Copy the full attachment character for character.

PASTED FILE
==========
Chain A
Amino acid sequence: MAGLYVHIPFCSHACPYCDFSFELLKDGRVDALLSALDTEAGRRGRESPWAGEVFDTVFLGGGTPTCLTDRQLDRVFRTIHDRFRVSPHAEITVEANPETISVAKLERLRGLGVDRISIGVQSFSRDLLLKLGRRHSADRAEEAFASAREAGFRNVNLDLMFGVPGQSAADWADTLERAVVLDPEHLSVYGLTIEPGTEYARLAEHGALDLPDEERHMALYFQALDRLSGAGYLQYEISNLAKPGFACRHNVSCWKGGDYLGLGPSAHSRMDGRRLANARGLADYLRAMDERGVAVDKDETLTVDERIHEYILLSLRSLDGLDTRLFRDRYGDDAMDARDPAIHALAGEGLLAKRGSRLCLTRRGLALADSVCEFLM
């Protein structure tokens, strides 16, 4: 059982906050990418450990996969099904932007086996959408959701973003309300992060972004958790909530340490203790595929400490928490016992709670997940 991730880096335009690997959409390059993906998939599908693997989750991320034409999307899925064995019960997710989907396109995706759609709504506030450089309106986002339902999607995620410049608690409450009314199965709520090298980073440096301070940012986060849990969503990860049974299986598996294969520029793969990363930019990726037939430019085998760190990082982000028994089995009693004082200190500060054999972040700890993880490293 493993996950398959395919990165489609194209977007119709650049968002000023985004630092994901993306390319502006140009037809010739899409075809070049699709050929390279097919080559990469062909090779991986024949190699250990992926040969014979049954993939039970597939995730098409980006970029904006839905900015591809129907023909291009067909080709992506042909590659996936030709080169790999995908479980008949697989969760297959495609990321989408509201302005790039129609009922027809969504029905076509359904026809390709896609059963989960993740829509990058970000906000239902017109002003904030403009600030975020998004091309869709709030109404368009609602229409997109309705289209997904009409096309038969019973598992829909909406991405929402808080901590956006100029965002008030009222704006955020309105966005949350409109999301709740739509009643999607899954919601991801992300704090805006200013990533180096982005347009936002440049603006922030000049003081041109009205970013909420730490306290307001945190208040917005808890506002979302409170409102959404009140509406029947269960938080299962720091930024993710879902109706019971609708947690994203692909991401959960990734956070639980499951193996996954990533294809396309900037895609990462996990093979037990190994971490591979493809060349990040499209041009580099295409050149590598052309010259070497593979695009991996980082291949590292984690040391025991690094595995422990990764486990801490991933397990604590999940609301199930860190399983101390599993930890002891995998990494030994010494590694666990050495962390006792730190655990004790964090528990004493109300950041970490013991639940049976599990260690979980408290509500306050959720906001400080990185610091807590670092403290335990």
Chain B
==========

Chain A
Amino acid sequence: MAGLYVHIPFCSHACPYCDFSFELLKDGRVDALLSALDTEAGRRGRESPWAGEVFDTVFLGGGTPTCLTDRQLDRVFRTIHDRFRVSPHAEITVEANPETISVAKLERLRGLGVDRISIGVQSFSRDLLLKLGRRHSADRAEEAFASAREAGFRNVNLDLMFGVPGQSAADWADTLERAVVLDPEHLSVYGLTIEPGTEYARLAEHGALDLPDEERHMALYFQALDRLSGAGYLQYEISNLAKPGFACRHNVSCWKGGDYLGLGPSAHSRMDGRRLANARGLADYLRAMDERGVAVDKDETLTVDERIHEYILLSLRSLDGLDTRLFRDRYGDDAMDARDPAIHALAGEGLLAKRGSRLCLTRRGLALADSVCEFLM
């Protein structure tokens, strides 16, 4: 059982906050990418450990996969099904932007086996959408959701973003309300992060972004958790909530340490203790595929400490928490016992709670997940 991730880096335009690997959409390059993906998939599908693997989750991320034409999307899925064995019960997710989907396109995706759609709504506030450089309106986002339902999607995620410049608690409450009314199965709520090298980073440096301070940012986060849990969503990860049974299986598996294969520029793969990363930019990726037939430019085998760190990082982000028994089995009693004082200190500060054999972040700890993880490293 493993996950398959395919990165489609194209977007119709650049968002000023985004630092994901993306390319502006140009037809010739899409075809070049699709050929390279097919080559990469062909090779991986024949190699250990992926040969014979049954993939039970597939995730098409980006970029904006839905900015591809129907023909291009067909080709992506042909590659996936030709080169790999995908479980008949697989969760297959495609990321989408509201302005790039129609009922027809969504029905076509359904026809390709896609059963989960993740829509990058970000906000239902017109002003904030403009600030975020998004091309869709709030109404368009609602229409997109309705289209997904009409096309038969019973598992829909909406991405929402808080901590956006100029965002008030009222704006955020309105966005949350409109999301709740739509009643999607899954919601991801992300704090805006200013990533180096982005347009936002440049603006922030000049003081041109009205970013909420730490306290307001945190208040917005808890506002979302409170409102959404009140509406029947269960938080299962720091930024993710879902109706019971609708947690994203692909991401959960990734956070639980499951193996996954990533294809396309900037895609990462996990093979037990190994971490591979493809060349990040499209041009580099295409050149590598052309010259070497593979695009991996980082291949590292984690040391025991690094595995422990990764486990801490991933397990604590999940609301199930860190399983101390599993930890002891995998990494030994010494590694666990050495962390006792730190655990004790964090528990004493109300950041970490013991639940049976599990260690979980408290509500306050959720906001400080990185610091807590670092403290335990």
Chain B